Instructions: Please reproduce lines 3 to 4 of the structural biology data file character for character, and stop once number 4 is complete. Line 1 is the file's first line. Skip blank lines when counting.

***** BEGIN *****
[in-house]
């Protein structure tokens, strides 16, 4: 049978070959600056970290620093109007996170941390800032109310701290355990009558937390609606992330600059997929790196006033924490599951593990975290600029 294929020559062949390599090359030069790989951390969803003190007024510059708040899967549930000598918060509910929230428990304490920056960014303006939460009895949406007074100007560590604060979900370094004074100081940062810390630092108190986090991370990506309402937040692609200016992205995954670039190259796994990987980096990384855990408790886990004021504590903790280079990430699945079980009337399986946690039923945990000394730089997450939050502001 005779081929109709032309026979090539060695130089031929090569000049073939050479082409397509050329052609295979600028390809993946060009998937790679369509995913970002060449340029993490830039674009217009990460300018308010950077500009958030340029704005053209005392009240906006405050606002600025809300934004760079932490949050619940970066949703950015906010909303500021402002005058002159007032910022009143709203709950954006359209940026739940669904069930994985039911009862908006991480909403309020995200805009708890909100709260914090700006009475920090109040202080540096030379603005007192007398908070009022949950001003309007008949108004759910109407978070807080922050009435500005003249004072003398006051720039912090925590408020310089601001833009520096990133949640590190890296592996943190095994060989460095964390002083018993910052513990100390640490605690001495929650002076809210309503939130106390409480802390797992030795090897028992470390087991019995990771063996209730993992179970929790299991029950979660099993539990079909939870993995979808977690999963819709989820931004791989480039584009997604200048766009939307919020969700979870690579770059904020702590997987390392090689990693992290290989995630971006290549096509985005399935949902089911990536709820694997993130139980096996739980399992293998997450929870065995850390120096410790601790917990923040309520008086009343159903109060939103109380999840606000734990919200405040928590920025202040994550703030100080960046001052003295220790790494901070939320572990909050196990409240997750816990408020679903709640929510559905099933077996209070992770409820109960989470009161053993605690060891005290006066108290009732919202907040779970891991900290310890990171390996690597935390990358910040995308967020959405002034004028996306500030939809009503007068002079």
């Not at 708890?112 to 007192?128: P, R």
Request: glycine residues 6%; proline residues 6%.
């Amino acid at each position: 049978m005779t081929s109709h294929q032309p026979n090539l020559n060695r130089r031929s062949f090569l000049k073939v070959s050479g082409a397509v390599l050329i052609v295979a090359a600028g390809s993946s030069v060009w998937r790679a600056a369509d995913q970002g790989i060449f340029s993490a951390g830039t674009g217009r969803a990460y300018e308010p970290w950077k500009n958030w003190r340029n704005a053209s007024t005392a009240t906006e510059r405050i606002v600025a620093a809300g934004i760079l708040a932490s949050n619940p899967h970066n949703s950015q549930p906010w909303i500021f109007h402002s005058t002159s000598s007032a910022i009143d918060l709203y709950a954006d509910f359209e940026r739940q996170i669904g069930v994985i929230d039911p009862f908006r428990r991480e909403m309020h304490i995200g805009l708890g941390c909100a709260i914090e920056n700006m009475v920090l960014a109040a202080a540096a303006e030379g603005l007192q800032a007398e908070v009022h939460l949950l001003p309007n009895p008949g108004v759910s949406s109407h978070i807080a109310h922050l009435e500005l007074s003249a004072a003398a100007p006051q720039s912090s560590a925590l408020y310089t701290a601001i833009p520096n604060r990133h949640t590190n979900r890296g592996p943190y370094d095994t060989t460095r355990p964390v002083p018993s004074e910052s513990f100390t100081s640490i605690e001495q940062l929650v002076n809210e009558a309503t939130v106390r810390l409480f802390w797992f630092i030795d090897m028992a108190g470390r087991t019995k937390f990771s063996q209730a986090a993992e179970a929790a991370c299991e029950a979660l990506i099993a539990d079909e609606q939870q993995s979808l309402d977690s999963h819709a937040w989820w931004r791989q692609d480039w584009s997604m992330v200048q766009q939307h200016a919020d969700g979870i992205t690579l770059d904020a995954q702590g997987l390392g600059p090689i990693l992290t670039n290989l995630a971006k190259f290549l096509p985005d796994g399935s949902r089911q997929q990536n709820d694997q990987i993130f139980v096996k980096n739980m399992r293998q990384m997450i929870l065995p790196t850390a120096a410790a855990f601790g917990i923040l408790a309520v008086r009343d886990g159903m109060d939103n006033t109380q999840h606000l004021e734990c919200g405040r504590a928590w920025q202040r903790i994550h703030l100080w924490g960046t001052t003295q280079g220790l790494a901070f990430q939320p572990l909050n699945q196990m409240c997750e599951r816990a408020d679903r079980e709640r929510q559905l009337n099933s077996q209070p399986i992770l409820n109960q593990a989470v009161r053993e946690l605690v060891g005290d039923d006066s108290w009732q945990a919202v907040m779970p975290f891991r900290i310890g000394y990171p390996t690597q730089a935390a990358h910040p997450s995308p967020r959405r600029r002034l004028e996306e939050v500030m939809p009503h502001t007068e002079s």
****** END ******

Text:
């Not at 708890?112 to 007192?128: P, R």
Request: glycine residues 6%; proline residues 6%.